In two decisions issued on the same day, the Commercial Chamber of the Cour de Cassation (French Supreme Court) provided two illustrations of situations in which it can dismiss a claim for sudden breach of an established business relationship.
These two decisions are worth noting in a case law landscape where this concept defined by Article L. 442-6 I 5e of the French Commercial Code and relied upon on a recurrent basis before the courts, frequently results in a judgment being entered against the breaching party.
1/ Reminder of the concept of sudden breach of an established business relationship
Article L. 442-6 I 5e of the French Commercial Code stipulates as follows: “The following acts committed by any producer, trader, manufacturer or person listed in the trade register shall trigger the liability of their perpetrator and obligate said perpetrator to compensate the harm caused thereby: (…) Suddenly terminating, even partially, an established business relationship without prior written notice commensurate with the duration of the business relationship and consistent with the minimum notice period determined by the multi-sector agreements in line with standard commercial practices (…)”.
According to the numerous court decisions rendered on this issue, the party who relies upon this Article must be able to prove the following elements:
- The existence of a business relationship with the breaching party,
- The stable and established nature of this business relationship: this is characterized in particular by the terminated party’s legitimate belief that the relationship would continue,
- The suddenness of the termination: this is characterized by the absence of written notice period or a notice period deemed insufficient, primarily with regard to the length of the relationship and its essential characteristics (exclusivity, the non-breaching party’s economic dependence, the volume and development of turnover between the parties, the investments made by the non-breaching party, etc.), or professional practices or agreements.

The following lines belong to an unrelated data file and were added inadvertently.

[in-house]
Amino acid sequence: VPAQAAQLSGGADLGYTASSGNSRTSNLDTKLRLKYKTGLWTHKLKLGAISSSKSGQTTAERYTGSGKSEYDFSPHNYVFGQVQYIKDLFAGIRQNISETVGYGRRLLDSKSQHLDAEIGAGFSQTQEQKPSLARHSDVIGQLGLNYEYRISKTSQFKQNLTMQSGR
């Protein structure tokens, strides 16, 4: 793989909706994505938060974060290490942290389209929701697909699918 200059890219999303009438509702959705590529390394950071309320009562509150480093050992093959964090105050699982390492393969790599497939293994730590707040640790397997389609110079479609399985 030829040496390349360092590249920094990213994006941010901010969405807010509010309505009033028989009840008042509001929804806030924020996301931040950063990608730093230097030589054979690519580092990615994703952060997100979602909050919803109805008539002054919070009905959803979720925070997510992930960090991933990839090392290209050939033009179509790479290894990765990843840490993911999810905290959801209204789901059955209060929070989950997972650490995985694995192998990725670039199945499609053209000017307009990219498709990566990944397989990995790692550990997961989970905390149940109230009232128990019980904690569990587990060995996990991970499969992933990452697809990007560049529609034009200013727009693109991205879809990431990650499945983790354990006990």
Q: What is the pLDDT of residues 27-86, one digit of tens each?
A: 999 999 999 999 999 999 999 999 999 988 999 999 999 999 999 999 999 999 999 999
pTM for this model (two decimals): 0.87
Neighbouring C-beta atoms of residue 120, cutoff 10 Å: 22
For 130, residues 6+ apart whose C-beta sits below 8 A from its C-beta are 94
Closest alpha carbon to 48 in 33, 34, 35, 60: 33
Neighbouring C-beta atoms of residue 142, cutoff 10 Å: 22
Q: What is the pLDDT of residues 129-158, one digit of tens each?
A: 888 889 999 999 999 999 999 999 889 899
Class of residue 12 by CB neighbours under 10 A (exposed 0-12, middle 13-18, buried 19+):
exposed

It should also be recalled that the presence of one or more written contracts is not essential to establish the existence of a business relationship as it may be oral and result from business practice.
Similarly, the fact that the breaching party complies with the notice period provided for in the contract does not allow it to escape the application of Article L. 442-6 I 5e of the French Commercial Code. Indeed, the judge takes into consideration the business relationship as a whole (length, essential characteristics, professional practices, etc.) to assess the suddenness of the termination.
While many court decisions are entered against breaching parties, it remains that the very fact of terminating a business relationship is perfectly lawful, as the parties are free to trade with the partner of their choice and to separate from it at their convenience.
It is, therefore, the sudden nature of the termination that is sanctioned, i.e. the absence of notice period or an insufficient notice period. On the other hand, if the breaching party proves that it has given sufficient notice, it cannot be held liable in this respect.
In addition, in certain situations, the fact of putting a rapid, or even immediate, end to a business relationship, even a long-standing one, may prove justified and be exclusive of any suddenness within the meaning of Article L. 442-6 I 5e of the French Commercial Code. The two decisions of the Cour de Cassation commented herein provide recent illustrations of these situations.
2/ The variability of orders specific to a business sector may be invoked to challenge the established nature of the business relationship and legitimize a termination without notice
As indicated above, one of the criteria for the application of Article L. 442-6 I 5e of the French Commercial Code is the stable and established nature of the business relationship.
However, the lack of sustainability in the relationship deprives Article L. 442-6 I 5e of effect and allows the breaching party to escape liability under this Article.